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NochMall: the brand new Berlin department store where everything is secondhand

Source: Berlin.de/SenUVK

From furniture to fashions, a new Berlin department store sells only recycled and well-preserved pre-owned goods, as the city aims to bring an end to throwaway culture.

The second-hand mall is part of a city-wide drive to make Berlin a zero-waste city by 2030

A new Berlin department store with a difference has opened its doors, selling only well-preserved second-hand goods. From furniture to fashions, everything in the store is pre-owned. By selecting only high-quality items, the city hopes to bring an end to throwaway culture. It’s part of a city-wide drive to make Berlin a zero-waste city by 2030.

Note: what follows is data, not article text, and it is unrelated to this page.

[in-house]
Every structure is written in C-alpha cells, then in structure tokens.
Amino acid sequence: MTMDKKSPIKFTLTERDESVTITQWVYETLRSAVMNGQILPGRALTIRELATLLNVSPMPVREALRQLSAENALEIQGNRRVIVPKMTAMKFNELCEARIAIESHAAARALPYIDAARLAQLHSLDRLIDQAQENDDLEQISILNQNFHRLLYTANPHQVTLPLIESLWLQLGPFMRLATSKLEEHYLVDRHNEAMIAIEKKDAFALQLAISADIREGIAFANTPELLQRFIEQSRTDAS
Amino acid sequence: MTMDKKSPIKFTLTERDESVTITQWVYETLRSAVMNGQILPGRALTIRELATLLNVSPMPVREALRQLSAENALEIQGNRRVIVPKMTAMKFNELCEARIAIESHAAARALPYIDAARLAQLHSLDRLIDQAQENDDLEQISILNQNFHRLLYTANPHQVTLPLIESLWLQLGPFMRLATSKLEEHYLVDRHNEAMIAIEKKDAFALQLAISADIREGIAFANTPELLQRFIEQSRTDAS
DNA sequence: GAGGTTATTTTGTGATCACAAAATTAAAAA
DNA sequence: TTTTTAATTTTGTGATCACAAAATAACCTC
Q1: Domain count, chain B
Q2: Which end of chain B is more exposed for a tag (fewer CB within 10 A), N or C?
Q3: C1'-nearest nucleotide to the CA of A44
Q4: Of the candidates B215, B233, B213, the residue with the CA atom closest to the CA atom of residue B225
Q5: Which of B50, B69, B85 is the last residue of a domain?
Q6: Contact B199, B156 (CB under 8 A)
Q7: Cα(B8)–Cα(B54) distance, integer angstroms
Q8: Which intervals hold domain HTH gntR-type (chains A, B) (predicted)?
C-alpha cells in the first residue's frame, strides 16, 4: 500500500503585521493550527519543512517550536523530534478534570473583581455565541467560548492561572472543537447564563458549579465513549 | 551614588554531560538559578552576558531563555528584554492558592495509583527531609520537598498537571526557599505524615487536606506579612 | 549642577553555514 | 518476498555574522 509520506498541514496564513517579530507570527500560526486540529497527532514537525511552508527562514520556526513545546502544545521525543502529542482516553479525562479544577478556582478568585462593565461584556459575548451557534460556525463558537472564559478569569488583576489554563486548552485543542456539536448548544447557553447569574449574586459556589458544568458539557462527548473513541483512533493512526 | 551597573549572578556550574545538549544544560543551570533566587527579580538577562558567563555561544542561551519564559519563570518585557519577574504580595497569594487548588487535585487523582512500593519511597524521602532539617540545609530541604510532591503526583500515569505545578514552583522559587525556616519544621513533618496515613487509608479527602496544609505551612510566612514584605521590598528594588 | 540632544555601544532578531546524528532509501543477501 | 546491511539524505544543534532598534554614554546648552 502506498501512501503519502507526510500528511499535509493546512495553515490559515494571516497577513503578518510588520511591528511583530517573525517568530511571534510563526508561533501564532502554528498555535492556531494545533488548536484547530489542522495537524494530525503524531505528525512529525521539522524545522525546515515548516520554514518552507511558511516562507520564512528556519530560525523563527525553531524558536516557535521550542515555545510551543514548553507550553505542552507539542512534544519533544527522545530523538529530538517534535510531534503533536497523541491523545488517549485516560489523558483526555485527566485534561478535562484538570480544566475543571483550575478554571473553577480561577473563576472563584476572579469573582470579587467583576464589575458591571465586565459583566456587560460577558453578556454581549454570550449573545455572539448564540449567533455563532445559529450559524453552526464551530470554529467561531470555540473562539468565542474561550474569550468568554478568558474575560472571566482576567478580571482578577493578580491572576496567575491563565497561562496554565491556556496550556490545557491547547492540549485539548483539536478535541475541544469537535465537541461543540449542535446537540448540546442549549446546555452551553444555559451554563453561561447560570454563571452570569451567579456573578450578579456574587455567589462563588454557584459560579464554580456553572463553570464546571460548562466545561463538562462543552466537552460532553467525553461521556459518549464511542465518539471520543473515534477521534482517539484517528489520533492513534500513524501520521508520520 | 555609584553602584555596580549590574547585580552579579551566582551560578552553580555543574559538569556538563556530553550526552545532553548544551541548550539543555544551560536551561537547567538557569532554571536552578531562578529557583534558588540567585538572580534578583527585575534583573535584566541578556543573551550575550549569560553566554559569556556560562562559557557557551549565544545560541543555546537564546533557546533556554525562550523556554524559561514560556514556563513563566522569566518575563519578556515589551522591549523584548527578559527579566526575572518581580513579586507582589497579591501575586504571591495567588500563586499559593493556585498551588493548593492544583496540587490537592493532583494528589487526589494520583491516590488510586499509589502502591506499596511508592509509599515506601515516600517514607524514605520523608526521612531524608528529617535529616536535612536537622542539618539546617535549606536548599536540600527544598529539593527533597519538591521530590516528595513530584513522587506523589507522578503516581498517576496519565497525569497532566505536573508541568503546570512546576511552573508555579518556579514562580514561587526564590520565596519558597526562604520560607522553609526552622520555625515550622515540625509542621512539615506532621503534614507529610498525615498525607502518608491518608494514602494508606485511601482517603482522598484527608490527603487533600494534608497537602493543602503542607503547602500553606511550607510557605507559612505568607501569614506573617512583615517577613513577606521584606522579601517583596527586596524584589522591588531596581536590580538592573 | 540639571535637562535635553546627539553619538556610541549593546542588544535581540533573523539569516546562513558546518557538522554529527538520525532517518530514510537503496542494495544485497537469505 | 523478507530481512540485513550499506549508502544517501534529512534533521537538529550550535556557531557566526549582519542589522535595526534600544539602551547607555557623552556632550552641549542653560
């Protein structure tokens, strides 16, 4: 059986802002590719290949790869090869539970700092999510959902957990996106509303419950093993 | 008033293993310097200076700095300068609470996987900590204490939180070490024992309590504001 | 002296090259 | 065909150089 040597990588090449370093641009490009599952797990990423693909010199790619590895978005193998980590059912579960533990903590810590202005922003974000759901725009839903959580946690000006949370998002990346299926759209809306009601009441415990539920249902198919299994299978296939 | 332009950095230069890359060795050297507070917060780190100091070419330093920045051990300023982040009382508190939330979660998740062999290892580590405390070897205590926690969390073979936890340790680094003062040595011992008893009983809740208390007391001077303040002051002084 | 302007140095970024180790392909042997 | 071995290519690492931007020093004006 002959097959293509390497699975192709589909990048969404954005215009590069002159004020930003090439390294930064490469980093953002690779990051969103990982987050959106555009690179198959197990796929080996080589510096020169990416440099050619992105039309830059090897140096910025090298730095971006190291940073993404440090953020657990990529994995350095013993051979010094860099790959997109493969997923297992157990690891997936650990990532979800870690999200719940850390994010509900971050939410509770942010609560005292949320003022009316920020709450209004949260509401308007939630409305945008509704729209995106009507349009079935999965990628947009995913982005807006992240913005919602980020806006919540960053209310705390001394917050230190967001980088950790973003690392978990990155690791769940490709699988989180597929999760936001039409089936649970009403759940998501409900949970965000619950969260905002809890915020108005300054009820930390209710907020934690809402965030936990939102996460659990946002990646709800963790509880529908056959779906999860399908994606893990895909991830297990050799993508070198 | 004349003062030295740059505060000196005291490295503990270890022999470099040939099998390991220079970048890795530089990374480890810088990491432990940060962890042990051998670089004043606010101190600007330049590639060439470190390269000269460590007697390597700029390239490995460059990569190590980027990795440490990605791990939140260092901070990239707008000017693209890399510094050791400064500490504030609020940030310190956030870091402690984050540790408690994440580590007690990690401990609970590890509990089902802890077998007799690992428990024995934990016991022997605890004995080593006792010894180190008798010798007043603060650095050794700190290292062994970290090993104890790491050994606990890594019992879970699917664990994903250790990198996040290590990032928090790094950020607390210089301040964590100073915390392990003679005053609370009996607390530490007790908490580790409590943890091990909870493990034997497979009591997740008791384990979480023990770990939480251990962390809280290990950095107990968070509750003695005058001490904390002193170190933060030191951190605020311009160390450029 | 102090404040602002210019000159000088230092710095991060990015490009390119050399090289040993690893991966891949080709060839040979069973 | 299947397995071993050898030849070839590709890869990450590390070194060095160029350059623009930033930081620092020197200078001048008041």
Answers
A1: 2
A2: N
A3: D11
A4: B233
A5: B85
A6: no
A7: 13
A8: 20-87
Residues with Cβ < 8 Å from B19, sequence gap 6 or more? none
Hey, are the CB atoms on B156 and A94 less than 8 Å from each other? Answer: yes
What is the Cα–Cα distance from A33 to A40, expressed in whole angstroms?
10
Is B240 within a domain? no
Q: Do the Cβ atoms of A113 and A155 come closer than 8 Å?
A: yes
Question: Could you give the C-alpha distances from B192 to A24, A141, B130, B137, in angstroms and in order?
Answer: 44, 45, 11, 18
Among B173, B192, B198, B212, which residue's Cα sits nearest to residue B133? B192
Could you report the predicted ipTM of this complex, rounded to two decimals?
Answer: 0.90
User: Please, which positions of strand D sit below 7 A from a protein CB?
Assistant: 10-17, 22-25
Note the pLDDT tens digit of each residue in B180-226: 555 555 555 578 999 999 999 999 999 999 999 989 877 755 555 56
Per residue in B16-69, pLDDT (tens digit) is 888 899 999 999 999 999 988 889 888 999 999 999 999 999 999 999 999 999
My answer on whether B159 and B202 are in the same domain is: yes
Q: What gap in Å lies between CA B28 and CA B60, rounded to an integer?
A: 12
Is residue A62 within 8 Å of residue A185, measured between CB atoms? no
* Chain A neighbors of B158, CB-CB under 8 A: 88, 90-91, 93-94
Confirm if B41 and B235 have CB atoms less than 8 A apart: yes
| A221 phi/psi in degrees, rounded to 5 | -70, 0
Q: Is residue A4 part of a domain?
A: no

The pop-up shop will be open on the third floor of the city’s Karstadt Hermannplatz department store, in the hip Kreuzberg district, for the next six months. If the pilot project works, more stores are planned.
The scheme is just part of the Berlin’s efforts to reduce waste and protect the environment. The pop-up shop will be open on the third floor of the city’s Karstadt Hermannplatz department store, in the hip Kreuzberg district, for the next six months. If the pilot project works, more stores are planned. Source: Facebook/NochMall

NochMall is a play on words as the German “nochmals” means “again” or “once more”